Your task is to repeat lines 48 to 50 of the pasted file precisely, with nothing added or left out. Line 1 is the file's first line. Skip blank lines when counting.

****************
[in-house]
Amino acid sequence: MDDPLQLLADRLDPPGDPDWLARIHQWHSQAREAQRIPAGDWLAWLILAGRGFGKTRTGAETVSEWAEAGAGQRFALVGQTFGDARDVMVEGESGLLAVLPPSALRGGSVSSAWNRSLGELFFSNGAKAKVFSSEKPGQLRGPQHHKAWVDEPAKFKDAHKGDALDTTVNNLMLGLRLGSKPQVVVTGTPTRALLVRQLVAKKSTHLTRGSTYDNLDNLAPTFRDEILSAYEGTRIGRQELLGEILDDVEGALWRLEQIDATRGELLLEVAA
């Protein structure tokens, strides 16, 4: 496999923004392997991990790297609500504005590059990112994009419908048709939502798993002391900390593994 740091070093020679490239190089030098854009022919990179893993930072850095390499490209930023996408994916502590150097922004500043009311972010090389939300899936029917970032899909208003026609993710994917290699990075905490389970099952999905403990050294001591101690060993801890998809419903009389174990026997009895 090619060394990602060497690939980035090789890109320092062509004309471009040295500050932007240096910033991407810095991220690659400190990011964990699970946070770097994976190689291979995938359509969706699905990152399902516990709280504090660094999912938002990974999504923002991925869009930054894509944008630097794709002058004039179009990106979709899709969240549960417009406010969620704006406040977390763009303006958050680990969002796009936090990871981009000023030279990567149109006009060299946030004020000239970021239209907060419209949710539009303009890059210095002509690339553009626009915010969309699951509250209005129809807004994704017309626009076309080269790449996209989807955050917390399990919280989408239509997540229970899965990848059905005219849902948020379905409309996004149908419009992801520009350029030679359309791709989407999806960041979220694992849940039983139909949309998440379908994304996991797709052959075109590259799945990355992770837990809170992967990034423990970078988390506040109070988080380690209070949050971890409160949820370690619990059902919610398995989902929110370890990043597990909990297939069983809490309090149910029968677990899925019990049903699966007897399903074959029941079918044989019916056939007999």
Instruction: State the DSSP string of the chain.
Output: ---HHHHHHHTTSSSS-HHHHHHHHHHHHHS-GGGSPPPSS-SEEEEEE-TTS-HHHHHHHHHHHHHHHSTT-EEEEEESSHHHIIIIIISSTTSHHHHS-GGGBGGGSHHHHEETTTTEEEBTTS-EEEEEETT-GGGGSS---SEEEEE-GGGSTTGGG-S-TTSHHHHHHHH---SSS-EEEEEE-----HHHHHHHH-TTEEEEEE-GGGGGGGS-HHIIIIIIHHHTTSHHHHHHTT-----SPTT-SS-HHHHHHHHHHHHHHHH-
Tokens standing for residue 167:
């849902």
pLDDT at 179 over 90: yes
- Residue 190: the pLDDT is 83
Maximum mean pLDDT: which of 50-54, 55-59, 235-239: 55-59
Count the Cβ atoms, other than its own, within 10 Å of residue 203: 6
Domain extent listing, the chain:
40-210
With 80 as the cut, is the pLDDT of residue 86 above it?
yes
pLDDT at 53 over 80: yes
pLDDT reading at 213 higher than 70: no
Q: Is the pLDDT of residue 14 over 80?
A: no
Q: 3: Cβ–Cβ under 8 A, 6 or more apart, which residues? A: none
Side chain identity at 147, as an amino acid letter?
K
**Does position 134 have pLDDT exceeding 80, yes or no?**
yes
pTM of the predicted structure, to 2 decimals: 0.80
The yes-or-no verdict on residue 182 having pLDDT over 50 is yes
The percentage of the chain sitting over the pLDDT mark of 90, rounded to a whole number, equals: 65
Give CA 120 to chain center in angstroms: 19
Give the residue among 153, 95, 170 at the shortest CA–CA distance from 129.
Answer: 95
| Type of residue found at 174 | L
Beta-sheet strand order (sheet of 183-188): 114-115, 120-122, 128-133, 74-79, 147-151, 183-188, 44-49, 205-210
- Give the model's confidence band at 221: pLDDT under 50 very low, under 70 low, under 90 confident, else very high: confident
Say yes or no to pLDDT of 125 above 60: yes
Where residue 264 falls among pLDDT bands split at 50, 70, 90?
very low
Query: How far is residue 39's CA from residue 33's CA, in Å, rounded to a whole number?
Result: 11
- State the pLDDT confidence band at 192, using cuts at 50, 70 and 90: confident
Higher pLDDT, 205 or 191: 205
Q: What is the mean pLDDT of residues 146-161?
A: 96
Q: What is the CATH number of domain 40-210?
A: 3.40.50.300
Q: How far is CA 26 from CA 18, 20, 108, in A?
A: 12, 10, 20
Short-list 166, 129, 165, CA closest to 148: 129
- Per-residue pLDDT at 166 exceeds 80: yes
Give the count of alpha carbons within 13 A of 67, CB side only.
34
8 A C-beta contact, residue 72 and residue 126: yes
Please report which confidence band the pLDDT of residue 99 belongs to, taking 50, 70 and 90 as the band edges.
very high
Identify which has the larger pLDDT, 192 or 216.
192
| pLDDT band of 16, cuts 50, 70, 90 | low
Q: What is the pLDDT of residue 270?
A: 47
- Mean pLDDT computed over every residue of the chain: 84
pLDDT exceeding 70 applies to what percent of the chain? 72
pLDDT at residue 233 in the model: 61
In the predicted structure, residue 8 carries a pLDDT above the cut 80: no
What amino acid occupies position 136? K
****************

- Per-residue pLDDT at 166 exceeds 80: yes
Give the count of alpha carbons within 13 A of 67, CB side only.
34